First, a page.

Continuing to live with the uncertainties of spina bifida

It seems like forever since I’ve shared an update about Chance on my blog. I know so many of you care about our boy given all the things he’s been through. Periodically I have tried to share brief updates on facebook, twitter and instagram – but they don’t compare to the update I am long overdue to share. I admit so many of the thoughts I’ve been learning to adjust to and many of them are personal thoughts about Chance’s care. I know many families have varied beliefs on how much they share publicly…I pray in sharing this update that our family and friends feel more updated about our little guy and that somehow we may help another family affected by spina bifida. I know some people may fear how their child may feel about sharing personal updates..and surely we hope to raise our child not to be ashamed of these differences in his care as he grows – they are part of who he is.

So first, here’s a sweet moment with Chance at the end of 2014 just before therapy. For those of you wondering how life has been since he’s gotten his wheelchair – he loves it. And he is pretty independent in it’s use about 99% of the time. We’ve learned to watch for bumps (he’s fallen twice due to silly bumps in the sidewalk) and he’s continuing to learn to transfer in and out of it on his own. We primarily use it in times when we wish for him to be independent and know the distances are too far for him to walk with his walker. He does still fatigue walking with his walker after short distances.

Last August he went through a lot of tests to check on his health. Thankfully since then his health has been fairly good so this month he only had to go through one test, his renal ultrasound to check on his kidneys. I feel so blessed that as he grows he’s beginning to mature into a great little kid. I have memories of him screaming as a baby through this relatively simple test – and now he is so well behaved.

Overall we have a lot of updates that we really haven’t spoken too much about publicly. First of all, his shunt and neurological health are doing great. Last August he went through a sedated MRI to check on his spine and brain and his shunt is working well. He had one scare in October where we could see his shunt tubing through his belly and began to get sick – we spent an evening in the ER and learned his shunt was doing great…but he had a pretty significant case of constipation – something that is common with individuals living with spina bifida.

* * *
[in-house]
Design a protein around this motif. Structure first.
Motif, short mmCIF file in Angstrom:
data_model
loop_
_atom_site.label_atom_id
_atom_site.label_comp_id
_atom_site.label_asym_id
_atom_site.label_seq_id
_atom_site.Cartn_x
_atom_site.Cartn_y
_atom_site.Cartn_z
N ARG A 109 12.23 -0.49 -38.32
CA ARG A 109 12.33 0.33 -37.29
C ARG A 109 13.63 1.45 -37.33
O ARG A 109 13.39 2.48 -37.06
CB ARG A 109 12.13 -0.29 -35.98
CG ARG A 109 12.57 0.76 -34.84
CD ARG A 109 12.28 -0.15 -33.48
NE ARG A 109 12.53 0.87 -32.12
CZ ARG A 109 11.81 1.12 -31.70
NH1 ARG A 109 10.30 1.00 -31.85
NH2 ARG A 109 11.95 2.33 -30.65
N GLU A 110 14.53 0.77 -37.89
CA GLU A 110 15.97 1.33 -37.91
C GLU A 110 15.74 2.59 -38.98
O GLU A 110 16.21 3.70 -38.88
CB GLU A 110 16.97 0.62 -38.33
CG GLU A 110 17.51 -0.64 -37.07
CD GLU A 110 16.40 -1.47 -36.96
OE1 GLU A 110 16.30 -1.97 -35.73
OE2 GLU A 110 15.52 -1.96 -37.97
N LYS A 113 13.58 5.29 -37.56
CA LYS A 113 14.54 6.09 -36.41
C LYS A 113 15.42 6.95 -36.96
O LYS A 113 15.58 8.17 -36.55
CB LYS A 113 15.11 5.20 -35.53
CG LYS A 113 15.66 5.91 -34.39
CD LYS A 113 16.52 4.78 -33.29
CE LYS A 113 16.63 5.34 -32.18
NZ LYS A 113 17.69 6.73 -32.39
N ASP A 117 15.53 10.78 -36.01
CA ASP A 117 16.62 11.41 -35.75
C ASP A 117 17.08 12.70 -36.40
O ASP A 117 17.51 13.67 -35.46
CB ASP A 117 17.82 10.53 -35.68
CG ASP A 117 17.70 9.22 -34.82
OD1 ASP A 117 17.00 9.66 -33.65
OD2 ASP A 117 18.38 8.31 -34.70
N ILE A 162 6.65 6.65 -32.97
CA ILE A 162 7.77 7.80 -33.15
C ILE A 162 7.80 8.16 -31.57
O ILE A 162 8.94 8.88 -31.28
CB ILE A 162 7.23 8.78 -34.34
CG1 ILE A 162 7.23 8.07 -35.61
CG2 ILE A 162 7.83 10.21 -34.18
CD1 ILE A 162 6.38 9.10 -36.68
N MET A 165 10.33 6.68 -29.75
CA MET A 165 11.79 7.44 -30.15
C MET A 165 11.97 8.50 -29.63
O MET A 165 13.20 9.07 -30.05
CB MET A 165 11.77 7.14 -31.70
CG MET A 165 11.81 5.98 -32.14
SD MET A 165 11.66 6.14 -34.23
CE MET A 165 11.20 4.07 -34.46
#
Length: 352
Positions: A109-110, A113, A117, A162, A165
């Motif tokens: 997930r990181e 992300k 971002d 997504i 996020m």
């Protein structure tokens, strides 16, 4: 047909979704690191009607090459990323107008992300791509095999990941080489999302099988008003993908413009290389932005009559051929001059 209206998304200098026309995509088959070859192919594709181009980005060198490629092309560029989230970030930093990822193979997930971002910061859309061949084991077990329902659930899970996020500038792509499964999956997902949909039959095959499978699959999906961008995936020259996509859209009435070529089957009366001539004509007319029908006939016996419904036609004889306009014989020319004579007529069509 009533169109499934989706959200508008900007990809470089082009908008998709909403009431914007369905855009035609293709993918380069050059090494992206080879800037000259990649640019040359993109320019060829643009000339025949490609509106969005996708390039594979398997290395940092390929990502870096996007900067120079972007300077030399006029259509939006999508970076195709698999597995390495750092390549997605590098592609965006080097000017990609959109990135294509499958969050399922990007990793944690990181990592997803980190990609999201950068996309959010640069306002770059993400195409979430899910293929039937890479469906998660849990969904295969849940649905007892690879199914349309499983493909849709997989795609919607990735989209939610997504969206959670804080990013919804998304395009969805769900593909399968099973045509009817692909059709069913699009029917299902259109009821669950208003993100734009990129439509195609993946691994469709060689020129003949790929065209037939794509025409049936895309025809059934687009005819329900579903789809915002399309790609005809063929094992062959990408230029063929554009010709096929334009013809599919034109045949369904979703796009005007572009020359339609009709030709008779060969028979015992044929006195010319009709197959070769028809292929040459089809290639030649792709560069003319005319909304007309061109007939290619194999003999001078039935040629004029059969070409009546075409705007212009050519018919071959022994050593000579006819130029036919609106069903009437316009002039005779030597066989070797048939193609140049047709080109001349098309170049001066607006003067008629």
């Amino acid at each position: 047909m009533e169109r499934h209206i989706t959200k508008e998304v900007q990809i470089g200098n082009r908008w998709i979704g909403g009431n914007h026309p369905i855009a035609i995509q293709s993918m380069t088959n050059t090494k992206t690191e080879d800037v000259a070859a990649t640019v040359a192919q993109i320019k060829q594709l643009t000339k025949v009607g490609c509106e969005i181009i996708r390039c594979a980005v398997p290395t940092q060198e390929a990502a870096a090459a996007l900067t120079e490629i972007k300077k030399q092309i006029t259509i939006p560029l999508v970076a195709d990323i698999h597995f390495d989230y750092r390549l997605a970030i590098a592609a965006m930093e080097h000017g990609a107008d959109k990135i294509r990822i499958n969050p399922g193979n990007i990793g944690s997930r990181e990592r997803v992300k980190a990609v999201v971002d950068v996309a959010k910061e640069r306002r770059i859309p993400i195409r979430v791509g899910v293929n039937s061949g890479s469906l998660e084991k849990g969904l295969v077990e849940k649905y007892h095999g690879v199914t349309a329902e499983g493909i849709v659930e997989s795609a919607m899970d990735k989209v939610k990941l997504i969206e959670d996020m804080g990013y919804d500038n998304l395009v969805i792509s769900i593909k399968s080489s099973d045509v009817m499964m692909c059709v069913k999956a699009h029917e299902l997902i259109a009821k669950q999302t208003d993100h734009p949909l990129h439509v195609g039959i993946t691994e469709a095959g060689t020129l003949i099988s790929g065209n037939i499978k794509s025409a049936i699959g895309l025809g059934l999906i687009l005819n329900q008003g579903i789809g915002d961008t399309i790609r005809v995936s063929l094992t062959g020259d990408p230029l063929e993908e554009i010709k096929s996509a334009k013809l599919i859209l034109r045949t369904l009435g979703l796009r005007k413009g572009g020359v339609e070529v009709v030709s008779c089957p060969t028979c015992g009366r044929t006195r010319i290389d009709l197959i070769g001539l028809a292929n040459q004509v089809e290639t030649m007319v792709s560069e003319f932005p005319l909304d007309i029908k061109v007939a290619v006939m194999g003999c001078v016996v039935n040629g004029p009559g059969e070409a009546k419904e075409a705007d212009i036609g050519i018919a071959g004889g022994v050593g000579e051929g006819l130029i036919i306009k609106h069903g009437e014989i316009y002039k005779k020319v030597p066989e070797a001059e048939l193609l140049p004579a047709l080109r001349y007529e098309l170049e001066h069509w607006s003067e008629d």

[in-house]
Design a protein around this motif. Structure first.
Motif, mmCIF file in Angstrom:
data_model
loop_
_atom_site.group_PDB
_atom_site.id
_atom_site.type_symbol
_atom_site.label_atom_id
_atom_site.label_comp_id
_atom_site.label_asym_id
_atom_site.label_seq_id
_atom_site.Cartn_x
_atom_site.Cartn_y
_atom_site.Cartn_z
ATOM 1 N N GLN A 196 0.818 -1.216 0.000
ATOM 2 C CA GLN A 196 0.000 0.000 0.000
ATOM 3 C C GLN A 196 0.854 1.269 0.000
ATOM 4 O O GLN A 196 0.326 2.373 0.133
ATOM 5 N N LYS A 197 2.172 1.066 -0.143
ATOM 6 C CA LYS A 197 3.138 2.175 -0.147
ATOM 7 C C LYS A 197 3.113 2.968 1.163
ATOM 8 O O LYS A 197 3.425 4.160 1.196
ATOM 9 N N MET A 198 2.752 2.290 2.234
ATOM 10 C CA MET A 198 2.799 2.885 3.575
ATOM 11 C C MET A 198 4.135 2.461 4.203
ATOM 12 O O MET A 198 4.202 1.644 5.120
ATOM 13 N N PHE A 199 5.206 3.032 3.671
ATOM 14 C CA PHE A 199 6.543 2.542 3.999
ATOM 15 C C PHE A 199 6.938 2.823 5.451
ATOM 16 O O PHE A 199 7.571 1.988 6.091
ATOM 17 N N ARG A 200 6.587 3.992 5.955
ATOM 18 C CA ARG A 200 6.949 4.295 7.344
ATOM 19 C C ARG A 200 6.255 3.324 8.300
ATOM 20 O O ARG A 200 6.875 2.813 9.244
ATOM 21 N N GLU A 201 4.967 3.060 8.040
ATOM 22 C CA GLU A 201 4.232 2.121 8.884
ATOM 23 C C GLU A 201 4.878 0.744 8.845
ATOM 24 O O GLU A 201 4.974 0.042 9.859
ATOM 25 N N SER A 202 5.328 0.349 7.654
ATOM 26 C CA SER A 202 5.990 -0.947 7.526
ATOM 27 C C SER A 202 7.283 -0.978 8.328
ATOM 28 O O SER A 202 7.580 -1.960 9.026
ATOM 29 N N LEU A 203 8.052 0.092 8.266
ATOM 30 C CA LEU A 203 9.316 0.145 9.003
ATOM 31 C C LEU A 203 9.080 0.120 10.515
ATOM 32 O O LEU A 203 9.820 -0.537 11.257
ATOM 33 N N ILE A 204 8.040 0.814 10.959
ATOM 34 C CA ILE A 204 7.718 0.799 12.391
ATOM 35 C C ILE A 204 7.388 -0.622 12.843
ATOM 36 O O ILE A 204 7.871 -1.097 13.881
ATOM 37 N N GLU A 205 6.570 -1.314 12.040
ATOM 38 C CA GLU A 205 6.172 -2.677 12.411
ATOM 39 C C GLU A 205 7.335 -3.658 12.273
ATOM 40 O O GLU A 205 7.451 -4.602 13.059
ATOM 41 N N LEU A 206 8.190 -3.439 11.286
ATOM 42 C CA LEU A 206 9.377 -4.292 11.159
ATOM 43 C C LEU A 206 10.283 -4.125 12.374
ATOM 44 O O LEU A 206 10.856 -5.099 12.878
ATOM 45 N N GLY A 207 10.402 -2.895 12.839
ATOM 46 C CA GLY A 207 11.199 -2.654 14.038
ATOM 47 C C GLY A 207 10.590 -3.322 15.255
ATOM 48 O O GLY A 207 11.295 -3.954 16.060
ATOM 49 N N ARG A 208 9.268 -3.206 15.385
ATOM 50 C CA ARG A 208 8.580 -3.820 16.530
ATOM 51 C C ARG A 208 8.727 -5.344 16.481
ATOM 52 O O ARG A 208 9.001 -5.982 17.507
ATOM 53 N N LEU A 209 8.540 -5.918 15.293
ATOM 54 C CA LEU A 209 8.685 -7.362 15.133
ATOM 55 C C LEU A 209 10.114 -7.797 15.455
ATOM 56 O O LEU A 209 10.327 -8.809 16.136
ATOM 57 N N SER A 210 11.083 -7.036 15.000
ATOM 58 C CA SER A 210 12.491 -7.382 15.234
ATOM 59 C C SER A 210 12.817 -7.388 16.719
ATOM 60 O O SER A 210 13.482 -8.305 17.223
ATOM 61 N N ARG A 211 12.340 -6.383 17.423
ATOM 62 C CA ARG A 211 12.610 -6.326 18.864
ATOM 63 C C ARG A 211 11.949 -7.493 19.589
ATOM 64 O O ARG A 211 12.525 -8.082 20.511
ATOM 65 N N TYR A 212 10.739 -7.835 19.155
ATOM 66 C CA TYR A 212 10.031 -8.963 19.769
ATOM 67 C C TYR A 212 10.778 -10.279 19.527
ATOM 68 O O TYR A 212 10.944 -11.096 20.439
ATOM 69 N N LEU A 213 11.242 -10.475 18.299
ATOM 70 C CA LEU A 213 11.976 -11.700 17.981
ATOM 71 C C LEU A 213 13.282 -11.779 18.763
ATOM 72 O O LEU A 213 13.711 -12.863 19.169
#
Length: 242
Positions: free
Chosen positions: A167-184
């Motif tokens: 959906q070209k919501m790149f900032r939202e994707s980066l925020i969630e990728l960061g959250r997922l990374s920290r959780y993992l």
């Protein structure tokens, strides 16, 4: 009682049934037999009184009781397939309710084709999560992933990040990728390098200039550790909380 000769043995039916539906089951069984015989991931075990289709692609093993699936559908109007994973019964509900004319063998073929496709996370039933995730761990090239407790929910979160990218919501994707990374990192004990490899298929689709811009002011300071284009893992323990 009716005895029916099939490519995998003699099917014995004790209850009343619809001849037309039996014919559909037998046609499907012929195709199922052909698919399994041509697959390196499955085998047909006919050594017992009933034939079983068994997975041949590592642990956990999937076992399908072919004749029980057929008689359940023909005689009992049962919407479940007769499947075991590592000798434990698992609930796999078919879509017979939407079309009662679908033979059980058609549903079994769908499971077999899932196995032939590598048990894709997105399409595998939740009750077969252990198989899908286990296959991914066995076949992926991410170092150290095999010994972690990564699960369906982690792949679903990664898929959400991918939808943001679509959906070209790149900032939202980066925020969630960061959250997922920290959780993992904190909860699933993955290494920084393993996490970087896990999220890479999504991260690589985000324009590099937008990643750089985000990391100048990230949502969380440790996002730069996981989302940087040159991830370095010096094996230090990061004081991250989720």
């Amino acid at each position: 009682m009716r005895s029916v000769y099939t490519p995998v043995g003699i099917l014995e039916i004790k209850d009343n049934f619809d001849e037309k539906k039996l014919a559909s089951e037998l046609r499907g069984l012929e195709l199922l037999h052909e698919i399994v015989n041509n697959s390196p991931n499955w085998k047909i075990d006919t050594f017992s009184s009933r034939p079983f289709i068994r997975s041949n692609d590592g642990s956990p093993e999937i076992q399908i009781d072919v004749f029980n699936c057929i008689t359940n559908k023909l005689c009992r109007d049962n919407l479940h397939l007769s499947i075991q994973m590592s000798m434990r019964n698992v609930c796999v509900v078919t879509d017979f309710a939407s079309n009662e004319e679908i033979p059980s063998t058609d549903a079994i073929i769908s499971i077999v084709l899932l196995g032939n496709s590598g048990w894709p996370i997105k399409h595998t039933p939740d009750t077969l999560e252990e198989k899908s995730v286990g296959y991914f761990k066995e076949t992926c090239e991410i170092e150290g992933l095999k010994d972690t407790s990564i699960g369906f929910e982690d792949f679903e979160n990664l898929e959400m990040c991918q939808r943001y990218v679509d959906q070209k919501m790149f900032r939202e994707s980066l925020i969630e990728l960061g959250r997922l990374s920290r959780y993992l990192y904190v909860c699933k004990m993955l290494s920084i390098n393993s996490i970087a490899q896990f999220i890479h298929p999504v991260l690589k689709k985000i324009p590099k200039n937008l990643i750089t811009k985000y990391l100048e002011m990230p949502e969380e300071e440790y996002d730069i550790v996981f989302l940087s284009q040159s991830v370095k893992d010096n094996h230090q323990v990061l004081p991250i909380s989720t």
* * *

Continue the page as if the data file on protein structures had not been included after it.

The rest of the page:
At the end of last June Chance had a really serious urinary tract infection. It was that bad that he was hospitalized for 4 days. We knew they could happen and he had minor ones in the past but this one was rather scary. It started with stinky pee. And a few days later he woke up just seeming tired and not himself. Normally he is full of energy during and after a swim lesson, but he was super fatigued, began to get sick and ran a high fever fast. By that afternoon we were in the hospital and praying they’d figure out what type of bacteria he was fighting – it took 2 days before they determined that he was fighting an infection that didn’t react to broad spectrum antibiotics. We went home and within a month later he began to get another UTI, thankfully much more minor.

By August he underwent a urodynamics test. It’s one of my least favorite tests to see him go through. Essentially they catheterize him and push fluid into his bladder to see how much it will hold and they attach sensor that can show how his bladder reacts and at what point it feels pressure and causes him to use the bathroom. Yes, it seems very invasive – but thankfully he tolerated it well this time. It’s still tough to gauge just how much he feels and can control so these tests are necessary to help the doctors understand how his bladder functions. The test showed that his bladder can hold 150cc but that it begins to indicate “pressure” at 100cc meaning he is likely not emptying completely (which causes UTI’s) and that he’s likely to “leak” at some point after he reaches 100cc. That test along with the two most recent UTI’s this past summer were the indicators that brought the decision that we were fearing. Our little man now needs to be catheterized. It is something that he will need for life. We can pray for a miracle that his body will adjust and change and he’ll be able to control these things – but the reality is…majority of children with spina bifida require intervention to help manage the care of their bladder and kidneys. If we neglect this care we can not only create damage to both but it could prevent him from achieving continence and independence in caring for these needs. We’ve been told by many that the earlier this care begins the easier it is for him and that he will resist it less. In September we began catheterizing him every 3-4 hours during the day. Right now this is the plan of care that will help us keep his bladder and kidneys as healthy as they can be. Thankfully he has been amazing as we’ve transitioned to learning to provide this care to him. He’s already showing an interest in helping which shows us promise that in time he will be able to do this care on his own.